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Gratitude inspires
stories of hope

Ron and Deb Cizek

The Road to Recovery

When we finally got in touch with Barnes-Jewish Hospital, our lives really did turn around,” Deb says. “From the very beginning, they gave us hope that there was a chance. It felt like through the whole thing that they cared about us.

Deb Cizek

Ron Cizek, a longtime hot rod enthusiast, got his start in the world of custom cars when his father purchased a 1940 Ford Coupe in 1957 for the pair to work on together when Ron was just 10 years old. Many years later, when Ron entered the hot rod in the 2013 Detroit Autorama—known as the Super Bowl of the hot rod world—he took home the top prize.

Today, after facing a life-threatening disease and a double lung transplant, he’s no longer satisfied to sit on the sidelines. He’s leaving a legacy for future lung transplant patients through his giving to The Foundation for Barnes-Jewish Hospital—and following his wildest dreams.

In April of 2016, Ron and his wife, Deb, were on a trip to Santa Fe, New Mexico, a favorite destination for the travel-loving couple. During the vacation, Ron began to feel ill. “It came out of nowhere,” Deb says. “He was perfectly healthy and then all of a sudden we discovered he had a disease neither of us had ever heard of before.”

It turns out Ron had idiopathic pulmonary fibrosis, a condition that causes scarring on the lungs for no known reason.

His only hope was a double lung transplant—but physicians in Omaha, near his hometown, told him the procedure would be too risky and refused to operate. “They pretty much wrote me off and told me to go home and get my affairs in order,” Ron says. “Of course, we didn’t like the sound of that, so we did some research and went to see physicians in Denver.”

But, the news in Denver was equally disheartening; after some initial testing, the medical team also declined to perform the necessary transplant.

“It was like opening a college acceptance letter,” Deb says. “You run to the mailbox and you open the envelope, and they say, ‘We’re sorry, but we’ve turned you down.’ Except that we were talking life and death. It was incredibly difficult.”

By that time, Ron’s condition had deteriorated to the point that he could barely walk one mile per hour on the treadmill. His time was running out.

Finally, a glimmer of hope arrived in the waiting room at the Washington University and Barnes-Jewish Hospital Transplant Center, where he was referred to leading experts in pulmonology and lung transplantation: Derek Byers, MD, and Daniel Kreisel, MD, PhD, the G. Alexander Patterson, MD/Mid-America Transplant Endowed Distinguished Chair in Lung Transplantation.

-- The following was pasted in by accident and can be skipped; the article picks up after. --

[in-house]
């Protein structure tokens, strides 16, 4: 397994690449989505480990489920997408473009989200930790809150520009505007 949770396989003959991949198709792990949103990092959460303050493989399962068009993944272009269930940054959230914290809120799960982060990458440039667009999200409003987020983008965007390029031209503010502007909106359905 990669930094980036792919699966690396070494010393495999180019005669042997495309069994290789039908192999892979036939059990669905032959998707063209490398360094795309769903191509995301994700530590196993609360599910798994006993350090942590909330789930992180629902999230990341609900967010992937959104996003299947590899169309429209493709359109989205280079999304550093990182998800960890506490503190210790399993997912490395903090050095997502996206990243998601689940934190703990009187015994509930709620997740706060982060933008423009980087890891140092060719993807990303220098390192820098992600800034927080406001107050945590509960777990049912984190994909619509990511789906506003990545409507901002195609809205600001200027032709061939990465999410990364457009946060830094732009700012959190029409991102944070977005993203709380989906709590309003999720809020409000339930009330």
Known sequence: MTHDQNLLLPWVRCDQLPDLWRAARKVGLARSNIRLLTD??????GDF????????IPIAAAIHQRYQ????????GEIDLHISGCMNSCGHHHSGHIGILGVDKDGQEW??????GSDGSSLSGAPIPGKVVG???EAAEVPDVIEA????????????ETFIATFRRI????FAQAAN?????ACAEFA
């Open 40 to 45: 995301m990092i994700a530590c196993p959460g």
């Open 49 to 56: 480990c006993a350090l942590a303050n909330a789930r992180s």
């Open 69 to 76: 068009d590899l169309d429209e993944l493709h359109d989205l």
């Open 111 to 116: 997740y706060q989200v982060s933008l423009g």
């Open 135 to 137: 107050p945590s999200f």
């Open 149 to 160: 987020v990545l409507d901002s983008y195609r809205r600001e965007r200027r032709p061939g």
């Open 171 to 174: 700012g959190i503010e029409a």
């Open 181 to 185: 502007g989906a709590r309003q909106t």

The transplant team at Barnes-Jewish is a life-saving resource for patients with complex conditions who are turned down as transplant candidates at other institutions. The expertise and experience of the physicians—and the volume of transplants performed—make it one of the highest performing transplant teams in the country.

Ron was placed on the list to await his double lung transplant. When he found out he had a match, the excitement was palpable. “If I could have jumped up and down, I would have,” he says. “But by that time, I needed a lot of oxygen, so the best I could come up with was a smile. I was elated.”

The wait paid off and the transplant was a success; Ron felt better almost immediately. “I woke up a day or two later and I could breathe,” he says. “I was so grateful to be alive.”

The Cizeks decided to show their gratitude for the transformative double lung transplant by giving back to support research and patient care through The Foundation for Barnes-Jewish Hospital.

Their gift will help Dr. Kreisel and Dr. Byers and their teams accelerate research projects to identify new cellular and molecular pathways that could be targeted to develop new therapies, and train future leaders in lung transplant medicine.

“While we’ve made important advances in surgical techniques and management of transplant patients, we still have a long way to go,” says Dr. Kreisel. “The five-year survival rate after lung transplantation is only 40 to 50 percent. And one reason that the results are not as good as we would like them to be is that we do not fully understand the biology of lung transplantation. Therefore, investment into research is critical to develop new therapies and to improve the lives and survival rates of our patients.”

He adds: “The future of transplantation is very bright. I think we’re going to get to a point where we can personalize transplantation by tailoring and modifying donor organs to fit the biology of the recipient and improve outcomes.”

The couple is grateful for the surgery that saved Ron’s life—and the precious gift of more time.

“It’s changed our life,” Ron says. “I don’t let grass grow anymore. If we want to go somewhere or do something, we do it. Because you just never know how long you’re going to be around.”

In this spirit, he recently celebrated his two-year transplant anniversary and is working to check off items on his “bucket list.” One is to drive his car to a new world record of 300 mph at Bonneville Speedway, a track known as the location of many land speed records.

For Ron, after flirting with death and undergoing major surgery, there is no obstacle too big to overcome.